You might remember this portion of a famous monologue from Inigo Montoya in “The Princess Bride.”
“‘I was 11 years old. And when I was strong enough, I dedicated my life to the study of fencing. So the next time we meet, I will not fail.’”
Eleven-year-olds today might not see fencing as their first choice of self-defense—or of sport. The martial art feels at home in history and in the romanticism of a time bygone.
Yet fencing has a longstanding history in Baltimore, and its popularity among world-class athletes continues to grow. For young athletes especially, fencing offers a blend of the physical, artistic and strategic.
Care for a Game of Chess?
“One of the terms that has been used to describe fencing is physical chess because of the amount of strategy and tactics that are involved—the desire to outwit the opponent,” says Ray Gordon, coach and president of the Chesapeake Fencing Club in Towson.
Fencing involves two opponents entering a fencing strip and facing off in a match, or bout. They can choose from three weapons: épée (French for sword), saber or foil. Each weapon hits different targets on the body. To score a point with a touch, you must pay attention to distance and timing.
“Where fencing gets complicated is when you start trying to predict or elicit a move from your opponent,” Gordon says.
Students acquire focus by necessity, says Chris Amberger, who coaches the Épée Nomads out of Johns Hopkins University in a joint venture with the Homewood Fencing Club. Coaches don’t yell from the sidelines, and opponents must adjust their strategy in real time.
Ryan Xu began fencing at age 8 because he was drawn to the mental strategy. Now 15, he fences at Homewood.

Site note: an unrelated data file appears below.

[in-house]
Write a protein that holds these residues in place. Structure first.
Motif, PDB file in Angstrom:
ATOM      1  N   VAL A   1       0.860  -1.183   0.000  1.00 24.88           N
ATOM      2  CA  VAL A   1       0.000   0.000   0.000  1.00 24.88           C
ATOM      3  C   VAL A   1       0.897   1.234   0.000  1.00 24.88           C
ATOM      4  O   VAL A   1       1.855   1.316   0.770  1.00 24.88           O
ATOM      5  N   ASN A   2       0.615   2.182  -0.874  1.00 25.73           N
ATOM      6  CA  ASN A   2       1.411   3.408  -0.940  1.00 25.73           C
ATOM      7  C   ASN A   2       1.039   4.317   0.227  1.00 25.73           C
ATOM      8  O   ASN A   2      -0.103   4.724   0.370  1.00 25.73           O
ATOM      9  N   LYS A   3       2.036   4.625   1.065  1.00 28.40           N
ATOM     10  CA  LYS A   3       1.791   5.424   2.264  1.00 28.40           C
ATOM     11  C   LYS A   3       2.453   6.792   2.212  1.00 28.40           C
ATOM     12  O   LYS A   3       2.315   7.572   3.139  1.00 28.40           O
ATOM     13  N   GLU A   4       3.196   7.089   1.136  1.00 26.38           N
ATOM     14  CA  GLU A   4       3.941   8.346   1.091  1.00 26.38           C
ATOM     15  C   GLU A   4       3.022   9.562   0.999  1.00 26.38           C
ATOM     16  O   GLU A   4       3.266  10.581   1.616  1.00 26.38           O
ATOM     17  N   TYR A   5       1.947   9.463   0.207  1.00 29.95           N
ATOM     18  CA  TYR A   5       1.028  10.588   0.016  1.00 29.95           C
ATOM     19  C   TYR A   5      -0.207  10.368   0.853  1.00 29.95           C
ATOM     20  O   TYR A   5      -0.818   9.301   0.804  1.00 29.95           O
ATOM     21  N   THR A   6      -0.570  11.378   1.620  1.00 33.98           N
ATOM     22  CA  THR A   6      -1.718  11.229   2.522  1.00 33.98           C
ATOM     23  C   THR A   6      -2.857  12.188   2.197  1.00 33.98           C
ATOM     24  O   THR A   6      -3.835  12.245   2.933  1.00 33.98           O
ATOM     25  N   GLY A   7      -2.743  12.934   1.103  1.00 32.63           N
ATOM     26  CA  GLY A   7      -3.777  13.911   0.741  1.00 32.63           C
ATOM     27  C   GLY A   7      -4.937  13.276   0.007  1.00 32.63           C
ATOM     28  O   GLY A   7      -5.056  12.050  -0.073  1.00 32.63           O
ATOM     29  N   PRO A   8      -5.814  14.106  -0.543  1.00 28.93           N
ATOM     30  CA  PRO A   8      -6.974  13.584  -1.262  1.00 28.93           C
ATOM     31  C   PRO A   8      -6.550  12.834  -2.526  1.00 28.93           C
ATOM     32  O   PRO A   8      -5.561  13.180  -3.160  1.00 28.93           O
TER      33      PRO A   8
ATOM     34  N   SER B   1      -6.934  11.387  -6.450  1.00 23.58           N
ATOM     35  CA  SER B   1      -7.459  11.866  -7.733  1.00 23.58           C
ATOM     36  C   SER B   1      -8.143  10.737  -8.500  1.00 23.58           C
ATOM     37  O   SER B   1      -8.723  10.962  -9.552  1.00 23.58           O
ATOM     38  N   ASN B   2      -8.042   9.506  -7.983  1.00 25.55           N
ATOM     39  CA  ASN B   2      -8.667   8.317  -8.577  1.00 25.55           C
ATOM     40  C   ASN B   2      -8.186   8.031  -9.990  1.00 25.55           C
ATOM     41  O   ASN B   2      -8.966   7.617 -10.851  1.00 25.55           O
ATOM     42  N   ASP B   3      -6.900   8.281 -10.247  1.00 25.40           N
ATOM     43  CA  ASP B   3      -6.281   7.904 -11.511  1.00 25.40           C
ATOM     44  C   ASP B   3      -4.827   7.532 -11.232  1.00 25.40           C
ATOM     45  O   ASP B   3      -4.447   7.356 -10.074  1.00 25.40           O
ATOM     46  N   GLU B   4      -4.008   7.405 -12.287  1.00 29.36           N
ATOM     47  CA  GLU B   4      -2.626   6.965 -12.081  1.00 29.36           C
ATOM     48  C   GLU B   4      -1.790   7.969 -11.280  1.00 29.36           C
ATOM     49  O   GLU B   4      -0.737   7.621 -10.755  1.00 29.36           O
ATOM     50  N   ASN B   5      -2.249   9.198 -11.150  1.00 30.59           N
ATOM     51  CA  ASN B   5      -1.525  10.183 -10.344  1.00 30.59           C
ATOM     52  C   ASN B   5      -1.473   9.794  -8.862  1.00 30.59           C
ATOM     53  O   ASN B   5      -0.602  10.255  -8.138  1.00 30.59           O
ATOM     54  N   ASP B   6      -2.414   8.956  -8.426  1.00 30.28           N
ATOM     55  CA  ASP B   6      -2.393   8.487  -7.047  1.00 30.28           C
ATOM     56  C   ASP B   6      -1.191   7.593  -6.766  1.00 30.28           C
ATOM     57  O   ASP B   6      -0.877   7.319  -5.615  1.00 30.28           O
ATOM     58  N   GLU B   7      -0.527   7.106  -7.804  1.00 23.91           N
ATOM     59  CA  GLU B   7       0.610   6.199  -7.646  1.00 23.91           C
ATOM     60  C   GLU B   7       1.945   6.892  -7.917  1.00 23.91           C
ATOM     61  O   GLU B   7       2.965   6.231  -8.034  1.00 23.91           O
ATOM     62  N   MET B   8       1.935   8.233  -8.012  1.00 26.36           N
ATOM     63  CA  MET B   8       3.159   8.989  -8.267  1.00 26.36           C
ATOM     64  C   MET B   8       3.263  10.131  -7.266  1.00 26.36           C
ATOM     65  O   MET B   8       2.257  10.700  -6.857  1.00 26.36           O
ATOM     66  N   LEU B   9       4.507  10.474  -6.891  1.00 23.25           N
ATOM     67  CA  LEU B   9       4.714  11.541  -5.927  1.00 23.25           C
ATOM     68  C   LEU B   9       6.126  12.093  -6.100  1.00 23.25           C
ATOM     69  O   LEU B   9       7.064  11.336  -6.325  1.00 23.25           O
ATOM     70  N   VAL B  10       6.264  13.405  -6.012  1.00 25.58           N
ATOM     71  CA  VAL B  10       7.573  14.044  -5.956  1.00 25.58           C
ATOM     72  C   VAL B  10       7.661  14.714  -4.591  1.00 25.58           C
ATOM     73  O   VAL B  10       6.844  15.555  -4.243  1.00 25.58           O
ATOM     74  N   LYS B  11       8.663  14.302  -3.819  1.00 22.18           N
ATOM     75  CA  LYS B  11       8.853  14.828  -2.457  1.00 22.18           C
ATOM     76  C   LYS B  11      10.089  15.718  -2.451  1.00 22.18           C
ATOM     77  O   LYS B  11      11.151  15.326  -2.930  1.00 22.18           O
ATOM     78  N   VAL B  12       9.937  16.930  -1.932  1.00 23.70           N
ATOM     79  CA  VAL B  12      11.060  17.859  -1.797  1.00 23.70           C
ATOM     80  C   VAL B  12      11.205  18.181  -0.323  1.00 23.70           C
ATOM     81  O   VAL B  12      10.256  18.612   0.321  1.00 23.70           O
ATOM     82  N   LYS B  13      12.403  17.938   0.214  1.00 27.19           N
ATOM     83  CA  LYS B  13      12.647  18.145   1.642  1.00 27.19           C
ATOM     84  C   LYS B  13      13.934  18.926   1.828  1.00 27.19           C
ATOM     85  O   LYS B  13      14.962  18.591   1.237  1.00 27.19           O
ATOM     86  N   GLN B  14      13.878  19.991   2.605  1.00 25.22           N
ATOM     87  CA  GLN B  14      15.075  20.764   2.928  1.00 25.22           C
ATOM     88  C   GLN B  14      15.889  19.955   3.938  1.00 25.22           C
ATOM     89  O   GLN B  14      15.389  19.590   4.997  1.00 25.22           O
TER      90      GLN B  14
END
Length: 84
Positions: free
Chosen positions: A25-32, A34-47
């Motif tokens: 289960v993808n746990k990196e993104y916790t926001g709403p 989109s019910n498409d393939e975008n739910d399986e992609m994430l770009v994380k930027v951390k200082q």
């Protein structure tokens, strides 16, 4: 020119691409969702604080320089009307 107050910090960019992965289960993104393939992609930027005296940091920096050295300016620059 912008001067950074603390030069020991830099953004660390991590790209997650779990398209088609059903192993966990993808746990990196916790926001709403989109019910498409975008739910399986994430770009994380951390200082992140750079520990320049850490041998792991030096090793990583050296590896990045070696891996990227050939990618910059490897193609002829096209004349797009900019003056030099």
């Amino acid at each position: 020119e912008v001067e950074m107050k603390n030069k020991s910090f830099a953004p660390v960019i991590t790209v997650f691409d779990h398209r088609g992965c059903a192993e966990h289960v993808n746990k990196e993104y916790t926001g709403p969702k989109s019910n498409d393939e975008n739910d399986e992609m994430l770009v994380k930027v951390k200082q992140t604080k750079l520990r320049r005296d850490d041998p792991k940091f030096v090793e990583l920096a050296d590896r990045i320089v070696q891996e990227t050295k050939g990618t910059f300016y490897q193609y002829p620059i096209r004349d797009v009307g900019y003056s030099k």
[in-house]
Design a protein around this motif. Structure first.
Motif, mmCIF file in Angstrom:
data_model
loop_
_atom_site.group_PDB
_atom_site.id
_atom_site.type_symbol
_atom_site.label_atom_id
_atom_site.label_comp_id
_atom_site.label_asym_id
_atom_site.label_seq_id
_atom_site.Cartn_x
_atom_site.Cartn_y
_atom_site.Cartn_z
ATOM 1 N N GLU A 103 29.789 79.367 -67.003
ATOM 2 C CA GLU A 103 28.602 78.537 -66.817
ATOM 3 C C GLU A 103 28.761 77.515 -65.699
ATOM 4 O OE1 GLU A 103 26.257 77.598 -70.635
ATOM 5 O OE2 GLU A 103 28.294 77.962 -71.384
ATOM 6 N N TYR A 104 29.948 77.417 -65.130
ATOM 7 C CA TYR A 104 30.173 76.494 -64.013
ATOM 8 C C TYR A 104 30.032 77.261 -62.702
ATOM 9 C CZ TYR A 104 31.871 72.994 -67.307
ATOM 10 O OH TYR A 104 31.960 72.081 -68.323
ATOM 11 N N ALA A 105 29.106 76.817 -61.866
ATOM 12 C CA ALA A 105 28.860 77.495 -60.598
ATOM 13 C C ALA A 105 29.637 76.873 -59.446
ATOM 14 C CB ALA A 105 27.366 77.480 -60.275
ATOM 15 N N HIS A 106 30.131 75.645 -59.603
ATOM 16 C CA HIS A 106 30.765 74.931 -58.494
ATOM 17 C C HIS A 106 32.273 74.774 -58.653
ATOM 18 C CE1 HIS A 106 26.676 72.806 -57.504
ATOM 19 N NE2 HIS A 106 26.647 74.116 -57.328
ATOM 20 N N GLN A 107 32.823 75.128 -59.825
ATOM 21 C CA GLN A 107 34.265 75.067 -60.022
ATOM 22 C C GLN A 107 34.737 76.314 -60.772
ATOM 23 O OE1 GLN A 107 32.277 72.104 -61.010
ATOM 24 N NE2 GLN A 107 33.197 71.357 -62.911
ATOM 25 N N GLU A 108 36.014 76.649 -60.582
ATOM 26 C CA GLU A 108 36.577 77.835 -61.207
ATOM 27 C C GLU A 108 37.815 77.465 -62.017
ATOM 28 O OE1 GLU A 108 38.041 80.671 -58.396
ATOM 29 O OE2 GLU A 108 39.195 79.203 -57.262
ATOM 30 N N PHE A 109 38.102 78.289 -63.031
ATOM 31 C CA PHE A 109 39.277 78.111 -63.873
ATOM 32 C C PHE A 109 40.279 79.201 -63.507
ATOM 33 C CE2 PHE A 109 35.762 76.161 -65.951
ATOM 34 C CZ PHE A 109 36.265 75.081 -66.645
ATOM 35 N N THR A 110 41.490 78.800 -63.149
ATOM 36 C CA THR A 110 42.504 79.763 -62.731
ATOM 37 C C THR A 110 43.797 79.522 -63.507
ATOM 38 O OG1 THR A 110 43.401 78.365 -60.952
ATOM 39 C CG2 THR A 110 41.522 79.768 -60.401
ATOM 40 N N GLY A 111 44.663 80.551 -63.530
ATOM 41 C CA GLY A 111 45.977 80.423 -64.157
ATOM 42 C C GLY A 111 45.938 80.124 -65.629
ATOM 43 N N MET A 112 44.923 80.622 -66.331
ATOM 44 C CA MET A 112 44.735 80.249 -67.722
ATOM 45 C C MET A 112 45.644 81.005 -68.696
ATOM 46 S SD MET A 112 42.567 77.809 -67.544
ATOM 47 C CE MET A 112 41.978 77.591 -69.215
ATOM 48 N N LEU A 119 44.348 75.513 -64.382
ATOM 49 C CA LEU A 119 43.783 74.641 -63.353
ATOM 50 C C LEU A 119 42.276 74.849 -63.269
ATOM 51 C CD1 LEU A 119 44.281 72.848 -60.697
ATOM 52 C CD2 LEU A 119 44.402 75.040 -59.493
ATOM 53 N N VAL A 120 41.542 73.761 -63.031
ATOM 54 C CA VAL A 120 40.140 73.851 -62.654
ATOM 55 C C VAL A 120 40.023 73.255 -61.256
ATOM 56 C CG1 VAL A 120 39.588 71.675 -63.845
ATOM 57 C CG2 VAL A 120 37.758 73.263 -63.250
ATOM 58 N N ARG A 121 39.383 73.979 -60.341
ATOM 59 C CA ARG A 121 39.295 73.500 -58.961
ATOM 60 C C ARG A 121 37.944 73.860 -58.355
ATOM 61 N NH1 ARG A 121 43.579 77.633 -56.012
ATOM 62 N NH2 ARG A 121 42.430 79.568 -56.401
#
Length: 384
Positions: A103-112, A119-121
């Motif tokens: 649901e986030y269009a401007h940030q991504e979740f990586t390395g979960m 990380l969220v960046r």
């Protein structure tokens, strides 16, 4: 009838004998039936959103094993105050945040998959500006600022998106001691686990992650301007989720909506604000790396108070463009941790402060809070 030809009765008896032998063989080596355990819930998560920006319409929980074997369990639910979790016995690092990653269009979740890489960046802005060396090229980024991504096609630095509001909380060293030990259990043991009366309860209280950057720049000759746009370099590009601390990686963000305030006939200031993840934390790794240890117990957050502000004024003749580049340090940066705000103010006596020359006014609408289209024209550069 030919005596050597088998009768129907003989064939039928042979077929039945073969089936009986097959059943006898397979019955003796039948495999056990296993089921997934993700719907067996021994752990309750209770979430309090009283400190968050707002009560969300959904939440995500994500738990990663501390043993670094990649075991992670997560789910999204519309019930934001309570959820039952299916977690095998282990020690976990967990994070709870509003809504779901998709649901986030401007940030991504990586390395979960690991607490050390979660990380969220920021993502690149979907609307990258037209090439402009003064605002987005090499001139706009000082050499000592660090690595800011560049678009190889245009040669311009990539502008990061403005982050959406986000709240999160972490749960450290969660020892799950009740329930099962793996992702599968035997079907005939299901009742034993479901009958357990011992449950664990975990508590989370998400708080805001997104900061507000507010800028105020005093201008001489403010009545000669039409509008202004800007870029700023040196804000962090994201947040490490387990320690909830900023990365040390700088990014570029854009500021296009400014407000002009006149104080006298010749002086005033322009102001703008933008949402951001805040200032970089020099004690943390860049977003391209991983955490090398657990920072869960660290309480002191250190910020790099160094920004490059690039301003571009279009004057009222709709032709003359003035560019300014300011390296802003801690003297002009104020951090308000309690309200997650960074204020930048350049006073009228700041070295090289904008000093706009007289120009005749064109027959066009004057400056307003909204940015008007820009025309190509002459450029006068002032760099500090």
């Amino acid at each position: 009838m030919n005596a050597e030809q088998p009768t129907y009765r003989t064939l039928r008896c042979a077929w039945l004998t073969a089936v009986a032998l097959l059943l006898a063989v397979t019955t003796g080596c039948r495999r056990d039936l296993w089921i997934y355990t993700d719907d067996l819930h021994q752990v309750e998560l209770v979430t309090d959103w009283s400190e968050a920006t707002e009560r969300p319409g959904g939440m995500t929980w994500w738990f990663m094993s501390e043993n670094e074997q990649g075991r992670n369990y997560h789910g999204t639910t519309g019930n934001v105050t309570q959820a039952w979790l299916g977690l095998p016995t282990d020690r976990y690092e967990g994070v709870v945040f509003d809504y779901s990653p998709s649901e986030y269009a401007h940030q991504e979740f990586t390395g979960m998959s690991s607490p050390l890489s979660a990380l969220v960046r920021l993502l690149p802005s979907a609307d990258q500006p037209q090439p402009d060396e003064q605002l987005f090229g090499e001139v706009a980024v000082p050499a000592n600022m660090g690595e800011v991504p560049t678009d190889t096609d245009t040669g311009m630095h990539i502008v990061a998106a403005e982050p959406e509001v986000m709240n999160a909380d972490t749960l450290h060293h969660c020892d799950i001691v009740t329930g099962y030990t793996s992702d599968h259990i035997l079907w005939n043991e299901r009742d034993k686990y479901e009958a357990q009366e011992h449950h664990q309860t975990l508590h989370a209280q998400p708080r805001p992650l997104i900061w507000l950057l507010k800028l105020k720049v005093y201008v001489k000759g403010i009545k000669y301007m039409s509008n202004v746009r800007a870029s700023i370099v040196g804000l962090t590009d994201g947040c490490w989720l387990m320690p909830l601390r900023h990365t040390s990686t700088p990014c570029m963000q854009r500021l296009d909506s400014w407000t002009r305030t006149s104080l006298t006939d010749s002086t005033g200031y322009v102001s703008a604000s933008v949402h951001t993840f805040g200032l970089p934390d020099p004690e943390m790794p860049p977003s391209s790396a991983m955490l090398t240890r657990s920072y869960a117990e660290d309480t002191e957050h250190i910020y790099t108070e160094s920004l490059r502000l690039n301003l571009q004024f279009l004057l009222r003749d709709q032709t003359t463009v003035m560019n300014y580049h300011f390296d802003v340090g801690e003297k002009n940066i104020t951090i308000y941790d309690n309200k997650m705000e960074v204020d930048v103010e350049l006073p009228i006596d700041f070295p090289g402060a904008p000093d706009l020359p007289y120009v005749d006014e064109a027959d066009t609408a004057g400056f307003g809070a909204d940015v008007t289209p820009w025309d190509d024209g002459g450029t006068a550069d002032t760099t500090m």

Since the rules are complicated and different from common team sports that use balls, fencing allows participants to learn, develop and explore, says his mother Tianzhi Mao.
Gordon says that fencing is an activity people can do their whole lives and still have an infinite number of ways to adjust their game.
Fencing’s Roots in Baltimore
Fencing’s history in Baltimore is longer than in some European regions, Amberger says. Some notable fencing masters go as far back as 1812.
The 19th century brought a lively exchange of instruction between Baltimore and the Naval Academy in Annapolis.
Gordon’s club began as an outgrowth of classes at the Y in the 1980s. Homewood—stemming from a club also prominent around that time—recently joined Amberger’s Nomads to keep the clubs alive.
Although fencing has gained popularity nationally—the U.S. Fencing Association grew about 30,000 members from 1989 to 2020, with Olympic athletes in all three weapons—and in some areas such as Boston and New Jersey, it still has a low profile in the Baltimore area.
Fencing is not taught in physical education classes in schools and doesn’t receive much advertising. Many youth competitors leave the clubs for college fencing programs, Gordon says.
That means small clubs—Chesapeake has about 50 youth and adults—find making rent difficult. Several clubs have closed since 2020.
But Amberger has found some youth fencers are returning as adults, and young athletes are finding fencing one way or another.
“We get parents who say, ‘My kid came and told me they wanted to fence, and I have no idea how they came up with that idea,’” Gordon says.
For some, it could be a family connection. Gordon has a grandfather, daughter and grandson from the same family in his club. Others might have seen it at the Olympics or in pop culture.
“‘The Princess Bride’ probably was a major factor in the early ’90s,” Amberger says.
Creativity, Strategy and Athleticism
Others who stumble upon the niche sport might be drawn in from a range of interests. In addition to the mental aspect, fencing also requires physical skill as a martial art and caters to those who thrive in individual sports.
Mao says that children who may be frustrated participating in team sports can feel team support in fencing.
“Fencing is a great choice for self-development,” Gordon says. It also has an artistic element. “In some ways, it’s akin to dance,” he says. “You have to have rhythm.”
One misconception is that fencing is unsafe, he adds. It’s not a contact sport, and the protective gear covers all parts of the body. Even the mask is subjected to a 14-kilogram punch test.
Although starter equipment generally runs between $130 and $200, clubs such as Chesapeake provide it free of charge for their nine-week beginner course.
“What you learn in fencing goes beyond the strip,” Mao says. Fencing also teaches you about dealing with failures—how to get knocked down and get back up again.
“These things translate into life and help kids to be successful hen times are tough,” she says.